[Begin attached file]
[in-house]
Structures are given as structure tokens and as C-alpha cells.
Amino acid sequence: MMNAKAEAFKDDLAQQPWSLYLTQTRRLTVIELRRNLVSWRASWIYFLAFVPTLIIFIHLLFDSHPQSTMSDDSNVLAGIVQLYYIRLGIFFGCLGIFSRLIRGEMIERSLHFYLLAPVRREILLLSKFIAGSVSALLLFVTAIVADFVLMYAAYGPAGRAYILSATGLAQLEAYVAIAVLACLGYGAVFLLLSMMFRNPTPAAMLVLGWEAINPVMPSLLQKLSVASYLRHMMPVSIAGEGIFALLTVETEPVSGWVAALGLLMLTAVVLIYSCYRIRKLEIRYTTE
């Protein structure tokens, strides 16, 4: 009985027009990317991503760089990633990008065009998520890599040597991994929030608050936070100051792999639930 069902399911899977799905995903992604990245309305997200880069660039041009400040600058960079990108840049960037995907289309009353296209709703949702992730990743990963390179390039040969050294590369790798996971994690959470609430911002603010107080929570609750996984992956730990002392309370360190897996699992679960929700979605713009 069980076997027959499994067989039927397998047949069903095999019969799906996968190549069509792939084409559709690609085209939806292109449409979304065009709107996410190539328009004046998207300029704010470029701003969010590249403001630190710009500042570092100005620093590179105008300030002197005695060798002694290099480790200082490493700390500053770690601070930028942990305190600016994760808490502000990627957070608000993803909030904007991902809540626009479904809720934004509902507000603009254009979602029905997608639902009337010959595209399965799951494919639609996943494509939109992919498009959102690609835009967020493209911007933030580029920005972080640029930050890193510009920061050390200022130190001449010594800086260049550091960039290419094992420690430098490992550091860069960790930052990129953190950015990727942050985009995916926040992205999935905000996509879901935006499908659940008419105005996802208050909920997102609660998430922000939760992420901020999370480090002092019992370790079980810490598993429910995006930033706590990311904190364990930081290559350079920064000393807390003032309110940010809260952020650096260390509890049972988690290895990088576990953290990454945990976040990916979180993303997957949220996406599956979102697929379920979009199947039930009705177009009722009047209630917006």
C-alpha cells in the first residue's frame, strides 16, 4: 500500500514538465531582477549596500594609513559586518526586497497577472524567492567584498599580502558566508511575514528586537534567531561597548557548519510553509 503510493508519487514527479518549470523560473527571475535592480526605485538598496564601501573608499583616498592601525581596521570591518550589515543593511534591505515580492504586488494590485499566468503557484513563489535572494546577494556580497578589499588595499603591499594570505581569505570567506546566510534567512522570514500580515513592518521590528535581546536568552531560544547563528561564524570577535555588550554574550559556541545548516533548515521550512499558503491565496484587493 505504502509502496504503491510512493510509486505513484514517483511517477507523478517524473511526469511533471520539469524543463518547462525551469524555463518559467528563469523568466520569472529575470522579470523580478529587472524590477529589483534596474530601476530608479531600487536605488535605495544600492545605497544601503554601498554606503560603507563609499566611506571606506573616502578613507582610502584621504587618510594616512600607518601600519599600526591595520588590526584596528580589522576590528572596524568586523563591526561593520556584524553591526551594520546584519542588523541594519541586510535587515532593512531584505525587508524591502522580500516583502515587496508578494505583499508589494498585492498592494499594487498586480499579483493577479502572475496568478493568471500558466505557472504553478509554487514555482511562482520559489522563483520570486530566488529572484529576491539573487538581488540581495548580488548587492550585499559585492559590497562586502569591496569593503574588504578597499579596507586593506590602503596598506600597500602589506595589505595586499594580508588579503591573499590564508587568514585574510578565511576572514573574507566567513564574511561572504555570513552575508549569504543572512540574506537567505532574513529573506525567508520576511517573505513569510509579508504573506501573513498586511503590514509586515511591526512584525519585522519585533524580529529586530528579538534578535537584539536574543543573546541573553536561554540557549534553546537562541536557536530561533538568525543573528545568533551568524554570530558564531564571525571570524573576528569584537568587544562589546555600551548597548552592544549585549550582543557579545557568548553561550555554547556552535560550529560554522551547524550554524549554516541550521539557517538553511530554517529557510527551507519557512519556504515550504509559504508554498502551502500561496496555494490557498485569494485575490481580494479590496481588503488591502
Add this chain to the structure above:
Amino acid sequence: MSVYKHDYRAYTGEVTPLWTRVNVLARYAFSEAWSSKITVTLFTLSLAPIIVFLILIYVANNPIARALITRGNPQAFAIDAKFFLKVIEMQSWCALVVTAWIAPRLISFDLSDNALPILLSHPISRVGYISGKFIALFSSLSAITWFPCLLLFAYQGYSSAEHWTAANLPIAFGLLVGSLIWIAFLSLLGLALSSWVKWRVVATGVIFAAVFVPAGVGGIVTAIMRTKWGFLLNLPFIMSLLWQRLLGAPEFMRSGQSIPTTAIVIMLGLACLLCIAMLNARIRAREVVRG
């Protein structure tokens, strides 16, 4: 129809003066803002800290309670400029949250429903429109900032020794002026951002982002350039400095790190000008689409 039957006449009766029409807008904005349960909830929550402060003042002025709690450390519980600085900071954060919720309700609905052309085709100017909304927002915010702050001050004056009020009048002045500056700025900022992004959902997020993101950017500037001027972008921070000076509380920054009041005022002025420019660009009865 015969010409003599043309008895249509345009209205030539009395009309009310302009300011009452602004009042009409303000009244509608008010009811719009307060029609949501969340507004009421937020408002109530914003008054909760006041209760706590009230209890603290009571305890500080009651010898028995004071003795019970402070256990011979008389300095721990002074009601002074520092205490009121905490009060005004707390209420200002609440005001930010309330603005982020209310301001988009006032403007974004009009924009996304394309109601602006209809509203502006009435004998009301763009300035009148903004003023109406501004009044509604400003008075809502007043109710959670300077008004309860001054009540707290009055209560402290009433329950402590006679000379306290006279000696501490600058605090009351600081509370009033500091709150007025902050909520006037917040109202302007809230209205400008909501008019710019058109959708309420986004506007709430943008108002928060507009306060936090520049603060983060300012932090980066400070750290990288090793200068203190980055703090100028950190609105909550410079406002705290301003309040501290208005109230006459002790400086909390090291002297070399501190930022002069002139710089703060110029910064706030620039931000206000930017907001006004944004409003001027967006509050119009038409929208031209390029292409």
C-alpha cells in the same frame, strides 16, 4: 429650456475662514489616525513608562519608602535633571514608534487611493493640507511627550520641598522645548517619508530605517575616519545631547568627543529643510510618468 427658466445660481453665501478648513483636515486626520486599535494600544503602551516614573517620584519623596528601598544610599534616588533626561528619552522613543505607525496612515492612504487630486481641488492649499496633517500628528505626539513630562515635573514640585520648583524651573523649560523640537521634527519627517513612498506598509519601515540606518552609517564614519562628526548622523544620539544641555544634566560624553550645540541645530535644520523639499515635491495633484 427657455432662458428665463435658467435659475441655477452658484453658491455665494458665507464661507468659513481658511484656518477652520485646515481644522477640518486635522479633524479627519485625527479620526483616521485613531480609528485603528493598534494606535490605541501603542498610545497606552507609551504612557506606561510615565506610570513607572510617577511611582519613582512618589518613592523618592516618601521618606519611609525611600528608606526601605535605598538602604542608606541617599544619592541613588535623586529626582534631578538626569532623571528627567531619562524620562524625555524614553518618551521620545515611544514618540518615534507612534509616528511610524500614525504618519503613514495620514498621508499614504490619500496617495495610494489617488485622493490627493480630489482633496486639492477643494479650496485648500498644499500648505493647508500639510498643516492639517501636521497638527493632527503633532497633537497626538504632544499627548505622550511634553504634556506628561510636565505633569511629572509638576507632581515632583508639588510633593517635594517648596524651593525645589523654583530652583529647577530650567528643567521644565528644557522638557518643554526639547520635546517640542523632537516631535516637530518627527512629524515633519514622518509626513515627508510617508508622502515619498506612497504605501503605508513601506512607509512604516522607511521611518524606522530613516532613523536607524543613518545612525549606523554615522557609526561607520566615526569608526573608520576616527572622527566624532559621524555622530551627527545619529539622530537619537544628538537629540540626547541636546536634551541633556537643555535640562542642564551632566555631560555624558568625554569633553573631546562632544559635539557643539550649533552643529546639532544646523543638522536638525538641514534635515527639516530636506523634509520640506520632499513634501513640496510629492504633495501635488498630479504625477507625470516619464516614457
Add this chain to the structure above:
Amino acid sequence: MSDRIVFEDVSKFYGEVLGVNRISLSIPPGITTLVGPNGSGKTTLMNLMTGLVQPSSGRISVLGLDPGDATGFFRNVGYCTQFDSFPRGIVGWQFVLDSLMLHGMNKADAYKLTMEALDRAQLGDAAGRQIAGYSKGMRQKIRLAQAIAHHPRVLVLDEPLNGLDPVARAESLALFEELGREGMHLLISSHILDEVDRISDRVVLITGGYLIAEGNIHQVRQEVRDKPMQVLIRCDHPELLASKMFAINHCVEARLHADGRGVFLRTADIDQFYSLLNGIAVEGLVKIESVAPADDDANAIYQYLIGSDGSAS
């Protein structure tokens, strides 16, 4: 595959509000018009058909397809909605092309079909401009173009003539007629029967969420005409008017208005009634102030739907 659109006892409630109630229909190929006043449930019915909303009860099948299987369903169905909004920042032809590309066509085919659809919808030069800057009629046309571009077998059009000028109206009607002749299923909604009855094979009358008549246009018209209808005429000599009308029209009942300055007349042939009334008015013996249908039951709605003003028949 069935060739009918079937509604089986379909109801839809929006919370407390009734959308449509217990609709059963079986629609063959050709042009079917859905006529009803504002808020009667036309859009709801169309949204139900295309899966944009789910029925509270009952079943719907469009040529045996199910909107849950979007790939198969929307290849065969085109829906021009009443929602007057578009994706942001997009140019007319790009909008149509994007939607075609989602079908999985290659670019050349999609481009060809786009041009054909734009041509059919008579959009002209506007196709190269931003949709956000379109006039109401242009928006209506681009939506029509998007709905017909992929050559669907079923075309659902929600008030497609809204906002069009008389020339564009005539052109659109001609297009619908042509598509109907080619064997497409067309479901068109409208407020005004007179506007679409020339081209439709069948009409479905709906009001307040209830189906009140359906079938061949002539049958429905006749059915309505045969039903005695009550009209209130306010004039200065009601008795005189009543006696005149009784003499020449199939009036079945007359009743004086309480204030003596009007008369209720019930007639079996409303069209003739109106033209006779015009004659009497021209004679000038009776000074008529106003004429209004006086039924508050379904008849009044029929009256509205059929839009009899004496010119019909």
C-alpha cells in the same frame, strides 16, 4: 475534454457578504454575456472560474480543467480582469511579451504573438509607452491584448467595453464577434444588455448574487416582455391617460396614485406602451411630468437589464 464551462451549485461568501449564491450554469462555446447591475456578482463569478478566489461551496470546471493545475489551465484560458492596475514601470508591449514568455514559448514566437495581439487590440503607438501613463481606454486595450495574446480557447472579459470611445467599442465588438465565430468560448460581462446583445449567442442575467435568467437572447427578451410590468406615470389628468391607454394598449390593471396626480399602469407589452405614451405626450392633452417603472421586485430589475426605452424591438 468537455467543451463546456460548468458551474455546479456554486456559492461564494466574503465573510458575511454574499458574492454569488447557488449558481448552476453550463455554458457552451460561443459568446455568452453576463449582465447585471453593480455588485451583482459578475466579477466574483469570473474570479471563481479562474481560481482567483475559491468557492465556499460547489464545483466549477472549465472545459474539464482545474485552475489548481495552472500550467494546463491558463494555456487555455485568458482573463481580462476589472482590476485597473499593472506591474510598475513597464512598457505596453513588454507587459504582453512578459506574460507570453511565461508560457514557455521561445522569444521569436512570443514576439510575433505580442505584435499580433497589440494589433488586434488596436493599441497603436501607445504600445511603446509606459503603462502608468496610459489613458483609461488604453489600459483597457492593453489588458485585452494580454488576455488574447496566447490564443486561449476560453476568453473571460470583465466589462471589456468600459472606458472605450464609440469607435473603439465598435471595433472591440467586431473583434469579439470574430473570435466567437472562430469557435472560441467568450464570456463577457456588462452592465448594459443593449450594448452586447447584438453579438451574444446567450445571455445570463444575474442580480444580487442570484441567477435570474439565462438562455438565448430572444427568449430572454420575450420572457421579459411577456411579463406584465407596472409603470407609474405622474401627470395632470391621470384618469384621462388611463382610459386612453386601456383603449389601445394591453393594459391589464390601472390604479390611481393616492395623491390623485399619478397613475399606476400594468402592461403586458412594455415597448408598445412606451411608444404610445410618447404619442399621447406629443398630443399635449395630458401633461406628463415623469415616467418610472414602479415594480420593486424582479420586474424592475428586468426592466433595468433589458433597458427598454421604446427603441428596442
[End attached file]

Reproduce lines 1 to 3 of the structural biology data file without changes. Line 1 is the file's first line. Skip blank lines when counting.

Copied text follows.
[in-house]
Structures are given as structure tokens and as C-alpha cells.
Amino acid sequence: MMNAKAEAFKDDLAQQPWSLYLTQTRRLTVIELRRNLVSWRASWIYFLAFVPTLIIFIHLLFDSHPQSTMSDDSNVLAGIVQLYYIRLGIFFGCLGIFSRLIRGEMIERSLHFYLLAPVRREILLLSKFIAGSVSALLLFVTAIVADFVLMYAAYGPAGRAYILSATGLAQLEAYVAIAVLACLGYGAVFLLLSMMFRNPTPAAMLVLGWEAINPVMPSLLQKLSVASYLRHMMPVSIAGEGIFALLTVETEPVSGWVAALGLLMLTAVVLIYSCYRIRKLEIRYTTE